Within the first measures of Spiritualized’s eighth album, head Spaceman Jason Pierce continues his journey away from the minimalist leanings that he’s examined for the last pair of records, and back to the orchestrated grandeur of his revered back catalog.
While all of that may sound like a reprise of his past--which it most definitely is--what’s completely unexpected is the perfect balance that Pierce and company find between the grand stage and two-bedroom apartment. The one where the second bedroom houses all of the pawnshop gear and magnetic tape instead of a rent-contributing roommate.
A Theremin enters into the mix about thirty seconds into Sweet Heart Sweet Light, signaling that after nearly ten years of stripping down the mix, Pierce seems like fashioning up something big for this release. By the end of the record, even the traces of a musical saw seem perfectly fitting and admirably well thought out.
It’s not only one of the best albums you’ll hear all year, it ranks as one of the best in Pierce’s already impressive catalog. Entering his third decade in rock music, Pierce has packed Sweet Heart Sweet Light with beautifully simple arrangements with a sharper bite to his lyrics, some that see a somewhat compelling return to the misery that his distinctive monotone voice can wrap itself around so organically.
By the end of “Hey Jane,” the first song on the eleven track release, the band has already delivered a late career utter masterpiece of a song, complete with an inspired “Hey Jude” coda that gives the album its title.
He’s lifting a bit from his Spacemen 3 past on “Get What You Deserve,” but then, about four minutes into the track, the stereo begins to separate into a wider channel, leaving the main vocal track barking up the middle. By the fifth minute, everything is overcome with guitar distortion and vintage effect pedals while beautiful strings surround the outer ear.
By the end of the song, you’ve forgotten all about the clever allusions to the Spaceman’s past and begin caring about what is in store for us next in his future.
Quite simply, it’s a perfect blend of Pierce’s roots and the unbridled ambition of his revered late 90’s period.
When you get to “I Am What I Am,” with its Sunday go to meetin’ gospel chorus bouncing over Pierce’s deadpanned delivery, it becomes clear that there really isn’t a dud to be found on Sweet Heart Sweet Light. There’s just plenty of additional evidence what some of us have considered for some time now: that Jason Pierce is one the genre’s most vital contributors and to be able to continue to release records like this-clearly equipped for greatness and longevity-then we owe it to him to acknowledge how sweet it is to still have him around.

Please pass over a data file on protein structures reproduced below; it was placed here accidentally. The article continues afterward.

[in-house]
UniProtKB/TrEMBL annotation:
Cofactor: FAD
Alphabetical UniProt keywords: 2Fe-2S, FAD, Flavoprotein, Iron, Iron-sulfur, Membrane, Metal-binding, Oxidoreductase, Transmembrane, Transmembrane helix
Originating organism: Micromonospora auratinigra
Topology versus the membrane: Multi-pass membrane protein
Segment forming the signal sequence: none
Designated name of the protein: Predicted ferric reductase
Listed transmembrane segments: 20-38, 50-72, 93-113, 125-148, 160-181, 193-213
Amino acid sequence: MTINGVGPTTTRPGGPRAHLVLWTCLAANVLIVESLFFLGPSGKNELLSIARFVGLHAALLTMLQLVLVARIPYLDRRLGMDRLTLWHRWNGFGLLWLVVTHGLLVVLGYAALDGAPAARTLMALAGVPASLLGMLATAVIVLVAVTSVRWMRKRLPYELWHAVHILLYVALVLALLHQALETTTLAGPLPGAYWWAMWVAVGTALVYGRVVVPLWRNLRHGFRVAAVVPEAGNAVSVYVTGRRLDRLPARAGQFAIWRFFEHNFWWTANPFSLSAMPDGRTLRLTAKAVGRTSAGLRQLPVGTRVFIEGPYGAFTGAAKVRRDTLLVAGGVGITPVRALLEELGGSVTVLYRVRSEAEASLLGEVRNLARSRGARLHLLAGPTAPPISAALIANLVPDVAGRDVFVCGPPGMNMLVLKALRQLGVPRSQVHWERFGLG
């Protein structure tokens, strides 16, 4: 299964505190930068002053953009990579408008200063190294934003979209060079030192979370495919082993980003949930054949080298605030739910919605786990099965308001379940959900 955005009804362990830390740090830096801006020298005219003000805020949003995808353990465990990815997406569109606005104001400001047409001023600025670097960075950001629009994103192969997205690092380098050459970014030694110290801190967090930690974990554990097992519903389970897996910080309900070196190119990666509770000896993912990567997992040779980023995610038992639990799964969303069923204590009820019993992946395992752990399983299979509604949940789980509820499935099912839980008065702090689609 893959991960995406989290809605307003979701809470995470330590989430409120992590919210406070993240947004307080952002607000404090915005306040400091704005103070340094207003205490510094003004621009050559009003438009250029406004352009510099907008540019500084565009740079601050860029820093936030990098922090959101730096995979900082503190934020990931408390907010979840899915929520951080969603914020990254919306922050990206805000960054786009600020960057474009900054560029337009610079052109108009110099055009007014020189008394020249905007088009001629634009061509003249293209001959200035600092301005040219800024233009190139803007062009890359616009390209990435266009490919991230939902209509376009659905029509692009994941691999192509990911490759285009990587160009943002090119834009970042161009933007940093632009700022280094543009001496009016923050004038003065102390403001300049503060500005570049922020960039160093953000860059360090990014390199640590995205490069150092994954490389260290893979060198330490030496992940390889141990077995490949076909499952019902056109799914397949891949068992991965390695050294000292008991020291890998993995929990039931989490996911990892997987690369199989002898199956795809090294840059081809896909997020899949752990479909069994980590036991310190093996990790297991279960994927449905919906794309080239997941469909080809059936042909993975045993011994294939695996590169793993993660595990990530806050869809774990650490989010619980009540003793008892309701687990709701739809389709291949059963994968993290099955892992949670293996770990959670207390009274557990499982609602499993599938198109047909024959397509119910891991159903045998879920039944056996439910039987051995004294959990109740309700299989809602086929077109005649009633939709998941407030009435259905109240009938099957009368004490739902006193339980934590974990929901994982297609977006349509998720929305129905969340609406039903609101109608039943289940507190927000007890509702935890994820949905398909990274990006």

I found some socks in my drawer that I didn’t recognize.
With clear mind, I knew that they weren’t mine. I also determined that they weren’t my wife’s that happened to find their way into my sock drawer. They looked familiar, but they weren’t her style. What would she need in a pair of argyle socks when she didn’t even own a pair of khakis?
I think of socks as a utilitarian article of clothing, something that should relatively match in color the other aspects of the wardrobe, while not distracting from the ensemble through pattern or design.
So, whose fucking socks are these?
I’m happily married now, but there was a time that I wasn’t happily married, albeit to someone different. I know that every divorce is different, but those who have experienced it understand its toll. And part of that is your mind’s ability to block out moments of time in your life while still remembering that there are big gaps in your mind that are still accessible.
It’s unfair to deny yourself your own history, but it’s a defense mechanism that prevents you from ultimately remembering the outcome of that part of your past: the divorce. With a little bit more focus, I remembered how these curious pair of socks was left behind in a bedroom set that I moved with me after the divorce was final. I didn’t think about it at the time, I just threw them in a laundry basket while I removed the shelves from the highboy to make carrying that monstrosity much easier.
The walnut bedroom set was that of my grandmother, so I dutifully wrote it down on my list of things that I felt I was entitled to when we began the process of identifying property ownership. I also put down the musical instruments (except the longhorn bass I bought for her and the SWR amplifier), the memorabilia from various rock shows, my library desk and chair, and, of course, the entire remnants of our music collection. It was easier to identify “her” titles, but I found a bit of resistance when she tried to claim that those records that she actually purchased for me were actually hers since she paid for them.
I successfully pointed out the lunacy of such a claim, secretly worrying that she would be walking away with my rare copy of Captain Beefheart’s Lick My Decals Off, Baby–a record she most assuredly wouldn’t appreciate.